'Rainsong' by Aubrey Williams – £7500 at Burstow & Hewett

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A key figure in London’s Caribbean Artists Movement, the artist produced four works which are now in the Tate Collection but until recently has never had much track-record on the secondary market. The previous highest price for the artist at auction was the £3800 for The Presence of Kunpipa sold at Tennants in February 2020.

Born in Georgetown, Guyana’s capital, Williams began drawing as a child, taking lessons from a restorer of religious paintings in Guyanese churches. He had held solo exhibitions at the New Vision Gallery in 1959 and 1960 while in 1963, 40 of his paintings were exhibited in the Commonwealth Biennale of Abstract Art at the Commonwealth Institute.

With studios in London and Jamaica, he exhibited quite widely and helped found the Caribbean Artists Movement which operated in London between 1966 and 1972.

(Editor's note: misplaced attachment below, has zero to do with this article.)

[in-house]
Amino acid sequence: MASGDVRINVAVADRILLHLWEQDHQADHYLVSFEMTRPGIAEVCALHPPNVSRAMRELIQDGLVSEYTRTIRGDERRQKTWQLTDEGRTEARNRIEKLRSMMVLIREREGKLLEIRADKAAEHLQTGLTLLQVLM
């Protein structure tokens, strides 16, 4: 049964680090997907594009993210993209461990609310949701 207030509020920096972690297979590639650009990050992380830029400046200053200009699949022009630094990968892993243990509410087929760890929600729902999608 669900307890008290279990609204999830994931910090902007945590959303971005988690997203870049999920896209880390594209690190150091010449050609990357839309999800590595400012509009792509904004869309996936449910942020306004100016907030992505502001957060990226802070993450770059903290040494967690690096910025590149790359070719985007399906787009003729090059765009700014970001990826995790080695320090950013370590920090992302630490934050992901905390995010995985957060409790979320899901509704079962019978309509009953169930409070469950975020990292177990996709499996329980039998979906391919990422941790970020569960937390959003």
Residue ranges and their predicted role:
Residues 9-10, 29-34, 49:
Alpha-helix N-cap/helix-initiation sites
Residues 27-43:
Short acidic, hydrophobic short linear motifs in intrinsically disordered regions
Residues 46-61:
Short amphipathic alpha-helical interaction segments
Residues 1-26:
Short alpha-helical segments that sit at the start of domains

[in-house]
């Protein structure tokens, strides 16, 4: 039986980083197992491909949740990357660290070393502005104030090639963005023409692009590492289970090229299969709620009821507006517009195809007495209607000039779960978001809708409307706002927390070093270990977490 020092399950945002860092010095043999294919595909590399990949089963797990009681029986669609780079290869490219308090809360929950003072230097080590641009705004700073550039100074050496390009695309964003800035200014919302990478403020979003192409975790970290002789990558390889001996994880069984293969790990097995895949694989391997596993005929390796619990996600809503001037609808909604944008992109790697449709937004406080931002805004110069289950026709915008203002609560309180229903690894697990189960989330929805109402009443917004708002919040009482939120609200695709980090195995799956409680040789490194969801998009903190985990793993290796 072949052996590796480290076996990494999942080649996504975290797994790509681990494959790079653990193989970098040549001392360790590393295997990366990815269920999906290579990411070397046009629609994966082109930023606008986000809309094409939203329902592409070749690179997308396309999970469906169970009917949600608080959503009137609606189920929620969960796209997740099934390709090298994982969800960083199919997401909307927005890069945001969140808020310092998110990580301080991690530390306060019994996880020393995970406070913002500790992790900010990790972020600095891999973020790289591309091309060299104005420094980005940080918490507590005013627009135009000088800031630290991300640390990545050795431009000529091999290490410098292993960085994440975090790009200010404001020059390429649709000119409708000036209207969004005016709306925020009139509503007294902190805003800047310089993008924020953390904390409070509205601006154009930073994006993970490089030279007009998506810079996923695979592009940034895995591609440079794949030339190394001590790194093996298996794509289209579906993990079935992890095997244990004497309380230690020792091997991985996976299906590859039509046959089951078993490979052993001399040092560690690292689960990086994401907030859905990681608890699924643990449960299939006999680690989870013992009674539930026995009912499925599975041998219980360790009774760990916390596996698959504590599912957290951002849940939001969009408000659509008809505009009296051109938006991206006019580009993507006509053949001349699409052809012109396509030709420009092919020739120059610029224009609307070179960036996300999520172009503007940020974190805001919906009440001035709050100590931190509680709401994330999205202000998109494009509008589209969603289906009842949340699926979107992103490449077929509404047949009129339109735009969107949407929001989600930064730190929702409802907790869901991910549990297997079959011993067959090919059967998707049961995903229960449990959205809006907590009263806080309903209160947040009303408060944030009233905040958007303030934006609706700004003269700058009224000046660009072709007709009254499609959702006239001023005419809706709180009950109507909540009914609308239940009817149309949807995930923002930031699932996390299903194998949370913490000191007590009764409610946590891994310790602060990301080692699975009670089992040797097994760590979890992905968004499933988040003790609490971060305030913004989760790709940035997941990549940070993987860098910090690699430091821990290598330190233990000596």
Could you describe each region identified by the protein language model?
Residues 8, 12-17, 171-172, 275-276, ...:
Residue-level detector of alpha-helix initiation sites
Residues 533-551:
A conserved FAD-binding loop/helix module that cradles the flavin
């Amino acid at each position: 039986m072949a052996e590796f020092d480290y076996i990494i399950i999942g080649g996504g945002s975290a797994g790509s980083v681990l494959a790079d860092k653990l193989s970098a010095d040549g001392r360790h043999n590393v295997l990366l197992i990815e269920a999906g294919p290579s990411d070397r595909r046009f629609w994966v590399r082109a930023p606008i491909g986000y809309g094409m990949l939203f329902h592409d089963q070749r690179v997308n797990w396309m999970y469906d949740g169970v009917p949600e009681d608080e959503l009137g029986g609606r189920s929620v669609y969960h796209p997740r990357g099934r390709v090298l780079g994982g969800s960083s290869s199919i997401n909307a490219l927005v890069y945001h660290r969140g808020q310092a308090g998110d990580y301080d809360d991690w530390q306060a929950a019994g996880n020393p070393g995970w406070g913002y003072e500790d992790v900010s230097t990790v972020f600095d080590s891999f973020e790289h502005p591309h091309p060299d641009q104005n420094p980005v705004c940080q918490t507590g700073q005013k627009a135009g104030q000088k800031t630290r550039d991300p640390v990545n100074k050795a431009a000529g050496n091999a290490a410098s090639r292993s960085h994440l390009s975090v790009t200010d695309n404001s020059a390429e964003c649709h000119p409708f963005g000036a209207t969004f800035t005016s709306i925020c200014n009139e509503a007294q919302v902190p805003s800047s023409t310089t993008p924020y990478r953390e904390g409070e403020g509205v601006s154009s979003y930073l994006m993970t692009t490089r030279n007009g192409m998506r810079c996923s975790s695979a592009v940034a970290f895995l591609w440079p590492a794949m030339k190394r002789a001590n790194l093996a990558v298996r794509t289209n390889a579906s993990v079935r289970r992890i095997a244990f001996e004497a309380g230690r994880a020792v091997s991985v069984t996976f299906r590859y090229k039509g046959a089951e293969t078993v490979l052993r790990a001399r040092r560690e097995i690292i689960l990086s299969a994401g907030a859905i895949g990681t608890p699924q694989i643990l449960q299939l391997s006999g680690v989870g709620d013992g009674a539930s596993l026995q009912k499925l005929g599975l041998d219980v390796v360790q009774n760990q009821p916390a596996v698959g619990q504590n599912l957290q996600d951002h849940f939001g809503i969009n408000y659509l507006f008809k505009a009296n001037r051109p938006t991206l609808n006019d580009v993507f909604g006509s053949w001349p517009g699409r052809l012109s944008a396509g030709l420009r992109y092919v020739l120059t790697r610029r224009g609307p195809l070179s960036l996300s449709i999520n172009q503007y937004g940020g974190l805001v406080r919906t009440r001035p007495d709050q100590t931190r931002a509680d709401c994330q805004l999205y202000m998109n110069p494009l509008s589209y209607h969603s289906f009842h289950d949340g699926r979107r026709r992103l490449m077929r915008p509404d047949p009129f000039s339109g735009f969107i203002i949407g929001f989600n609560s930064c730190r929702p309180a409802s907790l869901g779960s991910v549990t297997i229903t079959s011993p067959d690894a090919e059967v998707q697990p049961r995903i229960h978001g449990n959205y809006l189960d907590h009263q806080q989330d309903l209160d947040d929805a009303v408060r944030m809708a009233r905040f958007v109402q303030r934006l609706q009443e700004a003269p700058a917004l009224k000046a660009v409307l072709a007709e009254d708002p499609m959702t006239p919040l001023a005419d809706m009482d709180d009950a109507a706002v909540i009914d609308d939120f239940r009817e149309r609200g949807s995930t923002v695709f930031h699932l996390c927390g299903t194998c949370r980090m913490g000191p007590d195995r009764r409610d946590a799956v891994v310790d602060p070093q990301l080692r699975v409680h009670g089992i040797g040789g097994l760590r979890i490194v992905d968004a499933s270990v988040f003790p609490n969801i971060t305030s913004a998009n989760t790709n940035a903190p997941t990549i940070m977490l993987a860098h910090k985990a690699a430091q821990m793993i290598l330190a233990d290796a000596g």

Appearing at Grand Auctions (20% buyer’s premium) in Folkestone on July 6 was Guyana Carib Festival, a relatively large 3ft 1in x 3ft 4in (94cm x 1.01m) oil on canvas which was signed and dated 74 (although the back of the painting had the date as 78).


'Guyana Carib Festival' by Aubrey Williams – £4800 at Grand Auctions.

Consigned by a private client who acquired it over 30 years ago, it was estimated at £3000-5000 and sold at £4800. It drew a phone bidder from San Francisco who was eventually seen off by a UK buyer.

This new record was then surpassed twice on August 20 as two earlier oils emerged for sale at Burstow & Hewett (20% buyer’s premium) in Battle on August 20.

Rainsong and a second unframed canvas titled on the verso Cataleya were both signed and dated 1962, a time when Williams enjoyed greatest commercial recognition.

Both works in Sussex were typical of Williams’ work of this period that combines elements of Abstract Expressionism with the forms, images and symbols of the pre-Columbian culture he encountered while working among the Warao people of north-west Guyana. Many similar oils formed part of the Aubrey Williams exhibition held at London’s October Gallery in 2018.

Estimated at £500-800 each, Cataleya was offered first and took £7000, followed by Rainsong which was knocked down at £7500. Both pictures sold to a buyer via